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Med Res Rev. 2014 Jan;34(1):77-105. doi: 10.1002/med.21277. Epub 2013 Feb 11.

Relaxin: new pathophysiological aspects and pharmacological perspectives for an old protein.

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Department of Internal Medicine, University of Messina, Via Consolare Valeria, 1, 98100, Italy.


Human relaxin-2 (hereafter simply defined as "relaxin") is a 6-kDa peptidic hormone best known for the physiological role played during pregnancy in the growth and differentiation of the reproductive tract and in the renal and systemic hemodynamic changes. This factor can also be involved in the pathophysiology of arterial hypertension and heart failure, in the molecular pathways of fibrosis and cancer, and in angiogenesis and bone remodeling. It belongs to the relaxin peptide family, whose members comprehensively exert numerous effects through interaction with different types of receptors, classified as relaxin family peptide (RXFP) receptors (RXFP1, RXFP2, RXFP3, RXFP4). Research looks toward the in-depth examination and complete understanding of relaxin in its various pleiotropic actions. The intent is to evaluate the likelihood of employing this substance for therapeutic purposes, for instance in diseases where a deficit could be part of the underlying pathophysiological mechanisms, also avoiding any adverse effect. Relaxin is already being considered as a promising drug, especially in acute heart failure. A careful study of the different RXFPs and their receptors and the comprehension of all biological activities of these hormones will probably provide new drugs with a potential wide range of therapeutic applications in the near future.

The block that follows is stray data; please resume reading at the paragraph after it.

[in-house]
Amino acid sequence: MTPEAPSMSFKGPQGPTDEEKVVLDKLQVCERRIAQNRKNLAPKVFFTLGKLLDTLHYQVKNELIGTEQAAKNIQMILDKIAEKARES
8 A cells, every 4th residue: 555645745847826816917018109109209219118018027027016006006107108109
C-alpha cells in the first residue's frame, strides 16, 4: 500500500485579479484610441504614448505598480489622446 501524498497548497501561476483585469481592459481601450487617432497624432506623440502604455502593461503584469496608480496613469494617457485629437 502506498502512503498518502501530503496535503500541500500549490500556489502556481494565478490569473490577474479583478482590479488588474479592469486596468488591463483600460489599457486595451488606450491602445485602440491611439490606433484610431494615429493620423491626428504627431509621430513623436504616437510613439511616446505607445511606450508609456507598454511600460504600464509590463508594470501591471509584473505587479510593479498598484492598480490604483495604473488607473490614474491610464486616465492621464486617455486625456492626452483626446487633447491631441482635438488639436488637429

new drugs; pleiotropic hormone; relaxin; relaxin family peptide (RXFP) receptors

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